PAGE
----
Poland v Parr & Sons [1927] 1 KB 236

Employer’s vicarious liability for personal injury caused by the acts of an employee.


A contractor’s employee was, in the course of his employment, following close behind his employer’s waggon carrying sugar bags. Seeing a boy with a hand on one of the bags, the employee believed the boy to be stealing sugar and hit him. This caused the boy to fall and the waggon to run over his foot, leading to the loss of his leg. The boy had not, in fact, been stealing the sugar although the employee had believed so.


The question arose as to whether the employee’s actions were authorised by the employer, imputing the employer’s liability for the injuries sustained by the boy.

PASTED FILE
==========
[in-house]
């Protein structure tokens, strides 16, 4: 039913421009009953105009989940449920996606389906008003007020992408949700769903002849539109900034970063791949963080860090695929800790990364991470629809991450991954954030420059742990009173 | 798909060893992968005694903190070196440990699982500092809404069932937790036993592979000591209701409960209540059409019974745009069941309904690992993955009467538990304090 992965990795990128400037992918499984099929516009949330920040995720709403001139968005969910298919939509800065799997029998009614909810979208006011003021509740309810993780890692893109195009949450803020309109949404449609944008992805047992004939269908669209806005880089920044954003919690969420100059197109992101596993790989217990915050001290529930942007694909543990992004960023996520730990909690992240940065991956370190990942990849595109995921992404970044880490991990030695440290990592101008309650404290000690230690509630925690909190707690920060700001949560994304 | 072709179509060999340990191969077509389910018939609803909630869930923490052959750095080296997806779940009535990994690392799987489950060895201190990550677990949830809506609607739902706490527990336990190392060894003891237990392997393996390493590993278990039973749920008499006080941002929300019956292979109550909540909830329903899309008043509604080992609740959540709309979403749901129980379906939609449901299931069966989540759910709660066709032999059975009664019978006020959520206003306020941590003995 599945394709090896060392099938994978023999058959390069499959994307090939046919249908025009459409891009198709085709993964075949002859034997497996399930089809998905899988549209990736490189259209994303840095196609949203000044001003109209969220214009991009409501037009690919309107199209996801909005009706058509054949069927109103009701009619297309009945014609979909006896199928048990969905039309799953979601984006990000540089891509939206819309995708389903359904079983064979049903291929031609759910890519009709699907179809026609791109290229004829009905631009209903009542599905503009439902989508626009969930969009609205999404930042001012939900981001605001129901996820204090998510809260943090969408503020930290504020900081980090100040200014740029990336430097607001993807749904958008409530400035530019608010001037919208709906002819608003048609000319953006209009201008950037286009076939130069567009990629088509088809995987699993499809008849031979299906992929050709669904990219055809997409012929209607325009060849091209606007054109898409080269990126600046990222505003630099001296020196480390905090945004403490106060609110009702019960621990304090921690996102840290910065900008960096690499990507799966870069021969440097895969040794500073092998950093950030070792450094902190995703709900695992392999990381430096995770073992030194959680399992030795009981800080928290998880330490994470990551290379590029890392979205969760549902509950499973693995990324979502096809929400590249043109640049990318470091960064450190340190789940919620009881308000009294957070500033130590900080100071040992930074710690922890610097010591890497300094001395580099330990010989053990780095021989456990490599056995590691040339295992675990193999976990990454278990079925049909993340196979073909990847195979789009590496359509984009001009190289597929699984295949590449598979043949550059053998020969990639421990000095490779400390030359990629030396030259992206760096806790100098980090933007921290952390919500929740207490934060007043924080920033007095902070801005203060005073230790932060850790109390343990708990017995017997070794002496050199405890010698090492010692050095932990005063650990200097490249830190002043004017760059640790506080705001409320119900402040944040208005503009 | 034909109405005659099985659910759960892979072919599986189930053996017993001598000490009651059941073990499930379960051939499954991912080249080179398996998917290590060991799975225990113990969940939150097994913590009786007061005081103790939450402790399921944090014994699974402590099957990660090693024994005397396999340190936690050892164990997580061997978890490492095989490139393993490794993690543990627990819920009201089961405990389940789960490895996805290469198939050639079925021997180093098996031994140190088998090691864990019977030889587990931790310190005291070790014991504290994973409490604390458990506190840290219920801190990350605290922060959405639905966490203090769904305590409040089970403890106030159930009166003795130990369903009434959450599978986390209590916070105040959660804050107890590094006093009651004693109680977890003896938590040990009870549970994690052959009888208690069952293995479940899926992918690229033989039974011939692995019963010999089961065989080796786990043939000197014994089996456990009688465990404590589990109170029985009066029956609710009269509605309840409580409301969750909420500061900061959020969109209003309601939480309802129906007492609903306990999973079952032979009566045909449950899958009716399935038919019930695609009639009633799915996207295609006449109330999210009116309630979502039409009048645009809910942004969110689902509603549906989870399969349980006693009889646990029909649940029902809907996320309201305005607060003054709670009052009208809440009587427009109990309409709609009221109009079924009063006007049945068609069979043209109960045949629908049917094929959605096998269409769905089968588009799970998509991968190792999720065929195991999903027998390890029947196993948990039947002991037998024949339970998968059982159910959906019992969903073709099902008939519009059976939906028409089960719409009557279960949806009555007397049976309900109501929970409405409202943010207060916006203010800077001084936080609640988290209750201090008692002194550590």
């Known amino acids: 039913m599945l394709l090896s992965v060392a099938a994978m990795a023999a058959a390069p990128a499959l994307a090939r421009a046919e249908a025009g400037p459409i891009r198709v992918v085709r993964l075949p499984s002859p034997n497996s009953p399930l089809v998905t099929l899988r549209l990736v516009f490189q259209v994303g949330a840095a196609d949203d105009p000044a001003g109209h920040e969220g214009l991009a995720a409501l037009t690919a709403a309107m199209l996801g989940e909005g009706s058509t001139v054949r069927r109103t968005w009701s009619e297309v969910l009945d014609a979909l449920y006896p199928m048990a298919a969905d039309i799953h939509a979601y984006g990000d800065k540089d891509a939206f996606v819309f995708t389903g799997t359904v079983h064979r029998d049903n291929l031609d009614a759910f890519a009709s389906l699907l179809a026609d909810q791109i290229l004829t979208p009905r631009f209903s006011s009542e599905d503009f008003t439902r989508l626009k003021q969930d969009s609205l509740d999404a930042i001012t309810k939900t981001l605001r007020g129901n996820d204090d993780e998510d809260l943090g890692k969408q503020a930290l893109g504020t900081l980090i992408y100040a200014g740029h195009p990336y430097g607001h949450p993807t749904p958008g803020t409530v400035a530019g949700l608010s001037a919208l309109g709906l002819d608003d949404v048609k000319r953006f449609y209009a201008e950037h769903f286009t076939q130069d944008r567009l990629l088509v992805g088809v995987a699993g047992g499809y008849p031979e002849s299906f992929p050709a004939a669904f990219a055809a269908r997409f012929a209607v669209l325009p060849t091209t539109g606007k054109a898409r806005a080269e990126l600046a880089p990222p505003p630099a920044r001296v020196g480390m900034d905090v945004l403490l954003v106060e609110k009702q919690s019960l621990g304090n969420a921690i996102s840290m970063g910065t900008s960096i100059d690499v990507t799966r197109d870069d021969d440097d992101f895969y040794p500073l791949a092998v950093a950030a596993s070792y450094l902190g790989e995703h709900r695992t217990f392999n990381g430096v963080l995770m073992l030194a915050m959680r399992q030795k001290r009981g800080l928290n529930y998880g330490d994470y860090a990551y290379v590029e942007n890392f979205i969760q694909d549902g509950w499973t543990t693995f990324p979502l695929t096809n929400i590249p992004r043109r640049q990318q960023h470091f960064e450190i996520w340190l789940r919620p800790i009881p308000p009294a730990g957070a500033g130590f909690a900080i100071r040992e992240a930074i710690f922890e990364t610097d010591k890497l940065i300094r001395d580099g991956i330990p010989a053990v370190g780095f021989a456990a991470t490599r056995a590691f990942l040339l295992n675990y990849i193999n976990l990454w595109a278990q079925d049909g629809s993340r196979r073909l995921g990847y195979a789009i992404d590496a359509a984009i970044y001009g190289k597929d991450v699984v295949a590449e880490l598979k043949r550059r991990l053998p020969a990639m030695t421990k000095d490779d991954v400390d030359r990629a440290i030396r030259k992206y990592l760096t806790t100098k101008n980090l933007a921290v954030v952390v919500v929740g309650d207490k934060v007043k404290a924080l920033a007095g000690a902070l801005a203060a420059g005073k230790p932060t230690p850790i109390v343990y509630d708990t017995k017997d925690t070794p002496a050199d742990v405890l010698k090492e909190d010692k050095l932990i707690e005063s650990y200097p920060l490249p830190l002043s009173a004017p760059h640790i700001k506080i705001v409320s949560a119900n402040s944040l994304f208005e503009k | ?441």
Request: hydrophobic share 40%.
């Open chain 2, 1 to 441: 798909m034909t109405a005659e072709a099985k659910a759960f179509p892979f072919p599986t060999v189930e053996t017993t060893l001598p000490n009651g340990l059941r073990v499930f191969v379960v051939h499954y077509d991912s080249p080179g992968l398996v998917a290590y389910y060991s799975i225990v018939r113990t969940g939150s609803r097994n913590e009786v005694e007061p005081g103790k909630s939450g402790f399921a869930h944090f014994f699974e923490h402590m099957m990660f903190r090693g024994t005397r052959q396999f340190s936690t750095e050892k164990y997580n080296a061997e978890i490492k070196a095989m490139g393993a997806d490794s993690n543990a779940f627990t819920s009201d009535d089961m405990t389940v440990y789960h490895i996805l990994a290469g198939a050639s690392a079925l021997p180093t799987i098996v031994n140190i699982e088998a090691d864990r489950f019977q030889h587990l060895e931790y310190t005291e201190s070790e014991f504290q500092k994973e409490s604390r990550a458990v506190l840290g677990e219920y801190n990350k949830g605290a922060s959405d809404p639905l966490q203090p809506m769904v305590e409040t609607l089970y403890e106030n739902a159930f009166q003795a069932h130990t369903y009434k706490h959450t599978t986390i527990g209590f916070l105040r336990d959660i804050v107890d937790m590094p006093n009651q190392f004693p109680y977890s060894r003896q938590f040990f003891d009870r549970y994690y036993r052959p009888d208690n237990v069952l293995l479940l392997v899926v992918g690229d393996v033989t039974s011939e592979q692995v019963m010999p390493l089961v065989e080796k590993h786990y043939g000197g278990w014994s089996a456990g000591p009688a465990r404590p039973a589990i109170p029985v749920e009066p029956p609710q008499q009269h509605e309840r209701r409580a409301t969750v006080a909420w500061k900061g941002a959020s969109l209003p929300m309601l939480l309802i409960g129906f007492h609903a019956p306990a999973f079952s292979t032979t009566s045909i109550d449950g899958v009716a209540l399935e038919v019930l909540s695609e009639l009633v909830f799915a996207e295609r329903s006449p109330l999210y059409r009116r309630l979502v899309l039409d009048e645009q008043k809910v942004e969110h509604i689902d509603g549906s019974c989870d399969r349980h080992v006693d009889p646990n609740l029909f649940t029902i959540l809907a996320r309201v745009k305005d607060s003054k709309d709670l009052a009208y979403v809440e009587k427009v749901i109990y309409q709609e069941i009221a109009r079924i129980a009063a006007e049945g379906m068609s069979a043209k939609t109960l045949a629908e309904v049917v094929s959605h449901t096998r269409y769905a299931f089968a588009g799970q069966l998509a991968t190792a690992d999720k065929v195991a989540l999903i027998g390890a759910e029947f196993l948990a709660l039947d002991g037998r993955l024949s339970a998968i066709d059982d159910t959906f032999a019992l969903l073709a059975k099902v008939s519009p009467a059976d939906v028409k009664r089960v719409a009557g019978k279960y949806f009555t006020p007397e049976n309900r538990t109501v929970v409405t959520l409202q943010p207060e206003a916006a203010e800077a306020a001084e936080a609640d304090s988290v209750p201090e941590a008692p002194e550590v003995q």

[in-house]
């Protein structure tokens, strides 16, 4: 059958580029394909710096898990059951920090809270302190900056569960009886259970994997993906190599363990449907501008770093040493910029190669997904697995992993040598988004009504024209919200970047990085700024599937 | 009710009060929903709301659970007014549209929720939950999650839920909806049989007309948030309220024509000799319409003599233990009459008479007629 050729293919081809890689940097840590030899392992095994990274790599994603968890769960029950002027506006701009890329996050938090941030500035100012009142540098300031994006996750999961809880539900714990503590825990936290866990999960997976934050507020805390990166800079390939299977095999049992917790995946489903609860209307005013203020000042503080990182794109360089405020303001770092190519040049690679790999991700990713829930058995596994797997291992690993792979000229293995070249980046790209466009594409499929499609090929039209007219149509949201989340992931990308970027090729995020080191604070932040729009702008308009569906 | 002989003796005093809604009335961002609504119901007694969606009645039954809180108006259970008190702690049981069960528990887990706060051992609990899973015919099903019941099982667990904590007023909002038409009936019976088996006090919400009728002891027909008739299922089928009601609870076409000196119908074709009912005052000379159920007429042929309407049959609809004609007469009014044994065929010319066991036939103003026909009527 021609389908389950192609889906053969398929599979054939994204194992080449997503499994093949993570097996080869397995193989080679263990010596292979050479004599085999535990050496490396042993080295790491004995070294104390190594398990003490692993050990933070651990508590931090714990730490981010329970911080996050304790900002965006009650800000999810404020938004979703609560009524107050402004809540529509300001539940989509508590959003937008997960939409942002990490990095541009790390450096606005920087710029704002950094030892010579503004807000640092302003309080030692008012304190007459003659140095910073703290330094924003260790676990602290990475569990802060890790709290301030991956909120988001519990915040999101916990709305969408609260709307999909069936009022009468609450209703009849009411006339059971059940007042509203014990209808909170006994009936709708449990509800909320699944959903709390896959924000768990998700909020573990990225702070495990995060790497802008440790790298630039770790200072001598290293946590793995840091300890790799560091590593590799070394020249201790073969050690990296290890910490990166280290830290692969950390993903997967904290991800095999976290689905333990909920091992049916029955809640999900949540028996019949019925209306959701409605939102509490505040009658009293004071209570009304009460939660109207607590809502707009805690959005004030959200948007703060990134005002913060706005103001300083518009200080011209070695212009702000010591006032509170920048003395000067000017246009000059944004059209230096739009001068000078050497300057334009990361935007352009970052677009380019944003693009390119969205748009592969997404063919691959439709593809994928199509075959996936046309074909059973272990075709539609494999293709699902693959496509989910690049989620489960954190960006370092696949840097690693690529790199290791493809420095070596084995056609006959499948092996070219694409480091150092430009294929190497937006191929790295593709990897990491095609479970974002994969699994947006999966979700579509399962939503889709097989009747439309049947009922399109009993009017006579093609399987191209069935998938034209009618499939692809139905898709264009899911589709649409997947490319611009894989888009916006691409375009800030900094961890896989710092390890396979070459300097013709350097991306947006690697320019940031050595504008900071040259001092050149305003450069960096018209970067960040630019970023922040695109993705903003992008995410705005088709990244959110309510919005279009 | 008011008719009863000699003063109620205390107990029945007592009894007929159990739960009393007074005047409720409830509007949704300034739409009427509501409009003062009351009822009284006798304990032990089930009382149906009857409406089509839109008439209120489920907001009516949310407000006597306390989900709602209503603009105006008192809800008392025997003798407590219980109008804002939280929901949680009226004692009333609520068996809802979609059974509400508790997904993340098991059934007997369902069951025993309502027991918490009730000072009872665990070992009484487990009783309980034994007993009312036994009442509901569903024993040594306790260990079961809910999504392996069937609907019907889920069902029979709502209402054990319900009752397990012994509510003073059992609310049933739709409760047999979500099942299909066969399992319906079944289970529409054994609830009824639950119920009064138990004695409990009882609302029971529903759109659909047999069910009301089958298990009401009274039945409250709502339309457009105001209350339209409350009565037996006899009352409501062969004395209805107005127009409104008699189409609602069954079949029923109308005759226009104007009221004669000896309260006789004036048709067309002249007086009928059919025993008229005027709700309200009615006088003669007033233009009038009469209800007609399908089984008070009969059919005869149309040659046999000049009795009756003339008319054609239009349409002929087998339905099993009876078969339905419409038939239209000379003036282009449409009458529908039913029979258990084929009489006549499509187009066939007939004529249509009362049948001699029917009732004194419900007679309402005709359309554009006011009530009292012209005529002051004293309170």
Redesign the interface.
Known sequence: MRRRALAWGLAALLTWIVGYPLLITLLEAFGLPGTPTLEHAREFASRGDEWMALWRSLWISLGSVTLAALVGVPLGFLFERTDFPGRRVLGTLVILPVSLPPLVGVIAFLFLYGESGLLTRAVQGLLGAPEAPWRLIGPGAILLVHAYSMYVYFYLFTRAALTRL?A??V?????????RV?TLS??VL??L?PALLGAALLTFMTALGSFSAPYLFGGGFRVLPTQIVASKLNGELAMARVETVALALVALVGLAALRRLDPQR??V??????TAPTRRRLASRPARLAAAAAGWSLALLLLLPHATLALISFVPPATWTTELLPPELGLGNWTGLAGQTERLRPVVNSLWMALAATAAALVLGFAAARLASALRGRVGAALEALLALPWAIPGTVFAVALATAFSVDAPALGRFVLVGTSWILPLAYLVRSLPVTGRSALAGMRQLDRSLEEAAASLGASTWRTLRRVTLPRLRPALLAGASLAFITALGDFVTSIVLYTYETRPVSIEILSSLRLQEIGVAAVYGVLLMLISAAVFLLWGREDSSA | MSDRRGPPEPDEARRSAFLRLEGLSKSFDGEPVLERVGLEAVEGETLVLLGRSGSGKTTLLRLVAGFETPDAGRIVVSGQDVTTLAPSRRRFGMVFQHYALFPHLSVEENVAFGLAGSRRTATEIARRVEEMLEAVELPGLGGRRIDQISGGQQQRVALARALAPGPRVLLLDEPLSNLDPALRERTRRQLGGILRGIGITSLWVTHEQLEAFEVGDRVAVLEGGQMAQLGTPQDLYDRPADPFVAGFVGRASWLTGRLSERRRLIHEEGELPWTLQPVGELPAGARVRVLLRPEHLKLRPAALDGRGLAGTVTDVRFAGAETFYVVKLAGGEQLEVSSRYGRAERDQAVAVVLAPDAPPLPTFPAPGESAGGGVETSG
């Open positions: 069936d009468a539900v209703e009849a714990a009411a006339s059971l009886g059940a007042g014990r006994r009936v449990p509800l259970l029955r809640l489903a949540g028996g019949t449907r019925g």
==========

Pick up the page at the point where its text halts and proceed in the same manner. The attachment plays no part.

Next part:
The Court held that the employer was liable as it was an impliedly authorised act conducted during the employee’s course of employment and as a result of the employee acting within the scope of his duty to protect the employer. Although the employer held that the employee was acting without their direct nor indirect authority, the Court held that the employee had an implied authority to act to protect his employer’s property if he has reasonable ground to believe that it was in danger. The Court stipulated that the employee’s actions were entirely in the interests of protecting the employer, although it was an excessive means of doing so. Accordingly, the employee was held to be impliedly authorised by the employer and the employer was held liable for the resultant personal injuries.